University of Arizona scientists have developed a new printing process called Restricted Area Printing by Ink Drawing, or RAPID, and received a three-year, $700,000 grant from the Department of Energy Solar Energy Technologies Office (SETO) to advance the method.
Adam Printz, an assistant professor of chemical and environmental engineering at the University of Arizona, along with his team, started developing the perovskite printing process in late 2019, and they’ve been able to demonstrate on a small scale with 3D-printed parts how it works – using “whatever they had lying around in the lab.” This funding enables them to create a more reproducible and scalable version.
Perovskite materials are made by spreading a thin layer of specialized ink over a surface, then heating the ink to cause the formation of the perovskite crystalline structure. This printed film consists of many tiny grains separated by boundary areas. Under a high-powered microscope, it looks like dry, cracked mud. It’s in these boundary areas – which are more chemically reactive than the grains themselves – where things can get tricky.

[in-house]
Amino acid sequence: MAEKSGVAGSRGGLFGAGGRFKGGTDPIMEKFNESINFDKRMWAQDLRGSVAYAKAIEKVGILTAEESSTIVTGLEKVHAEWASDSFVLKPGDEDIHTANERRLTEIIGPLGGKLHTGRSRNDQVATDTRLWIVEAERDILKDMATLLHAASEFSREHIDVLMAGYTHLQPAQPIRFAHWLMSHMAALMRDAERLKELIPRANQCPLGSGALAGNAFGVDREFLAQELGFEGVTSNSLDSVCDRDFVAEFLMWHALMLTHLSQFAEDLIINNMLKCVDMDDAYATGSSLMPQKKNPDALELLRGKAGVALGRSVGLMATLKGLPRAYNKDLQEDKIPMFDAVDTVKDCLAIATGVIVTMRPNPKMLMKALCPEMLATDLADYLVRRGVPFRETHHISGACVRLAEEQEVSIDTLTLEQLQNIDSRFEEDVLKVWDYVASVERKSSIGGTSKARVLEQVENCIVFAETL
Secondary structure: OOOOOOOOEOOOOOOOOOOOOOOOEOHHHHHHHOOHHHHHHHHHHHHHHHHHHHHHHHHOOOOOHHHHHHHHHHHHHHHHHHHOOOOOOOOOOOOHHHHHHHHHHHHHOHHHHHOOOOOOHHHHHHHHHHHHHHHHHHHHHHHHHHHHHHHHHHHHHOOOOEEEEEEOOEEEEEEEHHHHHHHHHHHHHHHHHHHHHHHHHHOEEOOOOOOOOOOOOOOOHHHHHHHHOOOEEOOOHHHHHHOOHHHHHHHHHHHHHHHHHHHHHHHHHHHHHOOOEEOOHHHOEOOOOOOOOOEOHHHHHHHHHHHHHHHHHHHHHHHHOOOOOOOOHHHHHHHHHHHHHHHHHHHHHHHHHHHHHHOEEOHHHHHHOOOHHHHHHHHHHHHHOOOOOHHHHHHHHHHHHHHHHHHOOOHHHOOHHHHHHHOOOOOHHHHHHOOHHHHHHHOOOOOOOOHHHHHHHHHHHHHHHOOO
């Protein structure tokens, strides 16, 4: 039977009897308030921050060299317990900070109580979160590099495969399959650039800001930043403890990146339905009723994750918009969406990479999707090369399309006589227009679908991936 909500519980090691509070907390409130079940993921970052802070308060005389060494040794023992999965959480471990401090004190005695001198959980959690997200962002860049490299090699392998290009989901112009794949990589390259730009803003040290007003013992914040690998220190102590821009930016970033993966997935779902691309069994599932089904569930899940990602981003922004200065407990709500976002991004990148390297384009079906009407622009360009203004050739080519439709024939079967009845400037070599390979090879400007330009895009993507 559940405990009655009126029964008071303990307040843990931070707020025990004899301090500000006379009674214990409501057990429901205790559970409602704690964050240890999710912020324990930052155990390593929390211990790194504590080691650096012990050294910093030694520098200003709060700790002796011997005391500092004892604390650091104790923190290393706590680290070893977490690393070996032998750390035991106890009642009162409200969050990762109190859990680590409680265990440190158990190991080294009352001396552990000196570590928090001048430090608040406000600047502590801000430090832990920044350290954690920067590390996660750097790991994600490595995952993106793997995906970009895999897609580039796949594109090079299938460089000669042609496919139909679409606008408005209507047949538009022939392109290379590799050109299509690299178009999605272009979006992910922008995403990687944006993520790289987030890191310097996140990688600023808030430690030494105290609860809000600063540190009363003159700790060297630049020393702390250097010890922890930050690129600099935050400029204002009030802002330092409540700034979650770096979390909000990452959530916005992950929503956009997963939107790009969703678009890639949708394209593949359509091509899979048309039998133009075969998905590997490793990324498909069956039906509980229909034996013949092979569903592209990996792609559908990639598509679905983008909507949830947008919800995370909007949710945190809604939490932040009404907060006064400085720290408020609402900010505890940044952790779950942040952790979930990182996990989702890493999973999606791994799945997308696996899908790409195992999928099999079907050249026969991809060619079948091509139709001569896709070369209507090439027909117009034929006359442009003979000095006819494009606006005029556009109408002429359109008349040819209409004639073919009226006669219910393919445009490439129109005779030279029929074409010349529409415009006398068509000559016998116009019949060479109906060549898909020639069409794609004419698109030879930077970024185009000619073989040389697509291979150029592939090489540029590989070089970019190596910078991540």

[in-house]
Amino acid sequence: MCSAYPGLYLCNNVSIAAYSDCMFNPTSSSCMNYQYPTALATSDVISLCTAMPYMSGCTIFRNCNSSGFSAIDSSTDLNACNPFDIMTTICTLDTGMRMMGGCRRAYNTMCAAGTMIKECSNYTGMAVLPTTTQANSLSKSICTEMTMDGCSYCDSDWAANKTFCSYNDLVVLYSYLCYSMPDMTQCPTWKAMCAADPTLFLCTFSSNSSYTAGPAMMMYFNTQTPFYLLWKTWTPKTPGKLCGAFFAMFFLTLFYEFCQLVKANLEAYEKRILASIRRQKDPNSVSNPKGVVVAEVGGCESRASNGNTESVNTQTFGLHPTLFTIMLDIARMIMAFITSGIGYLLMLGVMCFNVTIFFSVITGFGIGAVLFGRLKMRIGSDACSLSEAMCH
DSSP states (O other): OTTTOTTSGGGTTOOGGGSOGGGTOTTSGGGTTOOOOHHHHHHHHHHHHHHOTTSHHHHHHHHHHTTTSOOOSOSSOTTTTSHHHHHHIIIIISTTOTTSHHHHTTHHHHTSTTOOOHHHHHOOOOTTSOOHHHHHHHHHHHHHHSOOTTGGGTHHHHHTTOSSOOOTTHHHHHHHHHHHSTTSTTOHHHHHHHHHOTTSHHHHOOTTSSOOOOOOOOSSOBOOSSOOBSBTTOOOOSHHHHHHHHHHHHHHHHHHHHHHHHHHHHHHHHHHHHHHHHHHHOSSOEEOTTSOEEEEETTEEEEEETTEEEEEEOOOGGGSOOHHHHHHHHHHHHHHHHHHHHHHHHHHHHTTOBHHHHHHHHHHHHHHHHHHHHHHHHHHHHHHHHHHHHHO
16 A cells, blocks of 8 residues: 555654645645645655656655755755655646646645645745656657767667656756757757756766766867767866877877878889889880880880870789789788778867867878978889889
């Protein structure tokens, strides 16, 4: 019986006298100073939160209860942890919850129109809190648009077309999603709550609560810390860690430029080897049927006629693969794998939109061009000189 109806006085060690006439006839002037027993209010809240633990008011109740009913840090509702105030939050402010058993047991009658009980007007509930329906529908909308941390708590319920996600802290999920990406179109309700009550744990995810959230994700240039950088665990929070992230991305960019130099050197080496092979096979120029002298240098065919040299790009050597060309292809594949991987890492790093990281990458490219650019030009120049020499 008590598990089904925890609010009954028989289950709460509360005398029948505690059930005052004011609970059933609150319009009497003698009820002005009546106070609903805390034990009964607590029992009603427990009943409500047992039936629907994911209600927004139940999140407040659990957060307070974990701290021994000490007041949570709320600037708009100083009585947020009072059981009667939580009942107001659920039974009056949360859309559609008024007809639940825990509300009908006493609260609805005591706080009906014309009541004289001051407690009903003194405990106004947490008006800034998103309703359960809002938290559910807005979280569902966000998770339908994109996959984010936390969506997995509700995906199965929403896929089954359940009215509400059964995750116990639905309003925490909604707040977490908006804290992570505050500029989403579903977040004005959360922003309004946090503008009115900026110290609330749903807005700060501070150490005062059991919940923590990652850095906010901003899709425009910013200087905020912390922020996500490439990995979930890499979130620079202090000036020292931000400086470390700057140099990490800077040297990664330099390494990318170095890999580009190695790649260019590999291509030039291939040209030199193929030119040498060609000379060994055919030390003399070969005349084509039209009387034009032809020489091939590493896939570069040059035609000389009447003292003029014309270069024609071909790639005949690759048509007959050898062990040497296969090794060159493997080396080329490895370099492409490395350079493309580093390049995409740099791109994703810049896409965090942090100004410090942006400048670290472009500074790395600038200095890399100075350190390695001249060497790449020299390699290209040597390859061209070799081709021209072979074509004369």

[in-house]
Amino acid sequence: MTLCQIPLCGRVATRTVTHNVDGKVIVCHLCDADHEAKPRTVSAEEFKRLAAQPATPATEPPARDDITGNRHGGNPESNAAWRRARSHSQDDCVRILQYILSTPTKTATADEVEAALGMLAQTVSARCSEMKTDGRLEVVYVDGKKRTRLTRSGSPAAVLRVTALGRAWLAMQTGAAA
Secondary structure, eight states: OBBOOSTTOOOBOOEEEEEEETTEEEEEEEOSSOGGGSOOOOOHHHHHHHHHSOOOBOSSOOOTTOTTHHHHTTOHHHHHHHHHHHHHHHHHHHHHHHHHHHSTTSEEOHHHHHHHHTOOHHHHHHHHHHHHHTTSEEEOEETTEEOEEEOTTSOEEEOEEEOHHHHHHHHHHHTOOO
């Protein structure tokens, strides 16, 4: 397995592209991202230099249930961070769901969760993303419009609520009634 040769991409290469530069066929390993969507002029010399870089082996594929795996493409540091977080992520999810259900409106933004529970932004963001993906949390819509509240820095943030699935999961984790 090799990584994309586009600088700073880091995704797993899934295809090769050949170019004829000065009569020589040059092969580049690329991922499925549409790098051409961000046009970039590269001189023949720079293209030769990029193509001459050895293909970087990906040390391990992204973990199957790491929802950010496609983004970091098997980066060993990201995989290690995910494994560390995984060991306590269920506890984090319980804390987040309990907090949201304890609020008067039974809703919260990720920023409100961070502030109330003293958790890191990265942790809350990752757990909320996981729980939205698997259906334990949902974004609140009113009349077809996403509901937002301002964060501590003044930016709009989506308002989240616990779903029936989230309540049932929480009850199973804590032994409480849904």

“These boundary areas can actually interact with moisture in the air and cause the perovskite to convert into a completely different material that does not absorb light – which makes for a terrible solar cell,” Printz said. “We want to minimize grain boundary surface area so that those reactions don’t happen, and the perovskite is more likely to stay perovskite.”
Thus, the aim of RAPID is to produce as few boundary areas as possible. It does this by using a confined printing area so large grains can form without the solvent evaporating too quickly in the heat. Bigger grains mean reduced boundary area between grains, and reduced boundary area equates to more stability and efficiency.
Over the course of this three-year project, Printz and his team aim to reduce the grain boundaries by 90%. They also hope to improve the perovskite solar cells’ efficiency stability, or their ability to maintain efficiency over time, by 50%.
“When we get RAPID working at scale, we are hopeful that it will have profound impacts on the production of perovskites, significantly improving the stability of these low-cost and high efficiency devices,” Printz said.